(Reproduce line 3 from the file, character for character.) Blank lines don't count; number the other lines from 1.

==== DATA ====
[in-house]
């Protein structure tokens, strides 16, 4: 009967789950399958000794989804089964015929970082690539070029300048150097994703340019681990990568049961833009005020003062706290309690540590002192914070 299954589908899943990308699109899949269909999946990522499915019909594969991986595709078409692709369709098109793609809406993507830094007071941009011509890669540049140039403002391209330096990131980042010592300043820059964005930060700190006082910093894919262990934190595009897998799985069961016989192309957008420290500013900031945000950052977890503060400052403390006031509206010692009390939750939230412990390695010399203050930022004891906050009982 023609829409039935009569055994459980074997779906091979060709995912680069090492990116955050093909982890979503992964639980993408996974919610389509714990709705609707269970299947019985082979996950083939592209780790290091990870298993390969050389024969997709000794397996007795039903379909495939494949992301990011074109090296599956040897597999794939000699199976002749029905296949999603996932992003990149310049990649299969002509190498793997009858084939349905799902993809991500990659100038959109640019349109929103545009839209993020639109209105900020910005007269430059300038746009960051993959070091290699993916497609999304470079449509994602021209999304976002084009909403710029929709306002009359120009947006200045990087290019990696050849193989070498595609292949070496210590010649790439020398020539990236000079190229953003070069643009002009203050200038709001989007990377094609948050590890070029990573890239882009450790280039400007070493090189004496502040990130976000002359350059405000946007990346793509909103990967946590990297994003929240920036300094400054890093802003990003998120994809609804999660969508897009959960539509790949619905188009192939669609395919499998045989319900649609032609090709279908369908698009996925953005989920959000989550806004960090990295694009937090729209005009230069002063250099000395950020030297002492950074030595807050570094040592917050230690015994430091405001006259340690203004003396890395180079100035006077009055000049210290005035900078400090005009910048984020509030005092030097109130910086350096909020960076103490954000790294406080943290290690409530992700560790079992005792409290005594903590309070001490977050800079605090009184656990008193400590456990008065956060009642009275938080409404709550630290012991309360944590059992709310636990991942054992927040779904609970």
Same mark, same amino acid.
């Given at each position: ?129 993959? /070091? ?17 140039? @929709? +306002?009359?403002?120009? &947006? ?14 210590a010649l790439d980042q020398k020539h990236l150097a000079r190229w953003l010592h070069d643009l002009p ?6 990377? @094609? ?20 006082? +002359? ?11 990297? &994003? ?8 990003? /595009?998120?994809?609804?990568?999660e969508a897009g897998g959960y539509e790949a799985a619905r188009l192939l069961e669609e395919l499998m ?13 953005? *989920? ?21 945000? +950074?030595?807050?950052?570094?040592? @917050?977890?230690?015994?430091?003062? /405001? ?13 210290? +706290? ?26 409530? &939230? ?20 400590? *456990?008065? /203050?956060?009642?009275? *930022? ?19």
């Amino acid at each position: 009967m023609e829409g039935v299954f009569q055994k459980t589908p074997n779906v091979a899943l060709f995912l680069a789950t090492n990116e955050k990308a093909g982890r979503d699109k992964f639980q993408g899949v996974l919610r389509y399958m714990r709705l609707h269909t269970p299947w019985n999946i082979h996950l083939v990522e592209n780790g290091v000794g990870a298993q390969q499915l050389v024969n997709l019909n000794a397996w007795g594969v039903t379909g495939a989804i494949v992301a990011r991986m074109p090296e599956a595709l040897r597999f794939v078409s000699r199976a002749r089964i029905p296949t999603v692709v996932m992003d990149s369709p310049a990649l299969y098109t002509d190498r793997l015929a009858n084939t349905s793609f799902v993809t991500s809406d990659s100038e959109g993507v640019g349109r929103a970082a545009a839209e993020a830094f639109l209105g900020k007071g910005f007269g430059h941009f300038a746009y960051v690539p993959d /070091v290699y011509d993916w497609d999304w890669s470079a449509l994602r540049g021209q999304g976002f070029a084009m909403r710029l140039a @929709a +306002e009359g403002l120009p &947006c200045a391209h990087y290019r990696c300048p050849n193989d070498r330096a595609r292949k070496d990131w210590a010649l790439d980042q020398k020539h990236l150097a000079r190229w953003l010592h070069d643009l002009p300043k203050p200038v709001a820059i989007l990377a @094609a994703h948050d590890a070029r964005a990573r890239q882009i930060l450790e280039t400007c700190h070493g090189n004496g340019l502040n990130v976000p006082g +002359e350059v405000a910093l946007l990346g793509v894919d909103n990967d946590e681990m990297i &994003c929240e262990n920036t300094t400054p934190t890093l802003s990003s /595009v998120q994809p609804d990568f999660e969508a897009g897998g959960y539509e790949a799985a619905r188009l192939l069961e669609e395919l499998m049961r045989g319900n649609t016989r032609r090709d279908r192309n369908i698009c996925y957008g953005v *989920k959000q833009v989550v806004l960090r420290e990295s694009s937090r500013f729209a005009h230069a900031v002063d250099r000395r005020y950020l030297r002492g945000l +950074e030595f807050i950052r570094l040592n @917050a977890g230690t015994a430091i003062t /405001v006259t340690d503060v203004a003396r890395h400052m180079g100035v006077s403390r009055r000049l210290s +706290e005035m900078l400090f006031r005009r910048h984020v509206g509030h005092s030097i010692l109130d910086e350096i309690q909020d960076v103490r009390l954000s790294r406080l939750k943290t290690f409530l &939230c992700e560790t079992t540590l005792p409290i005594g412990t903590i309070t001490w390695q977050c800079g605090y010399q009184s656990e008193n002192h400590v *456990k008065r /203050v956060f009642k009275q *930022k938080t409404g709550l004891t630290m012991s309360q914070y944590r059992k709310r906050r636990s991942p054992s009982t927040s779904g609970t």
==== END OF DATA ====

Same mark, same amino acid.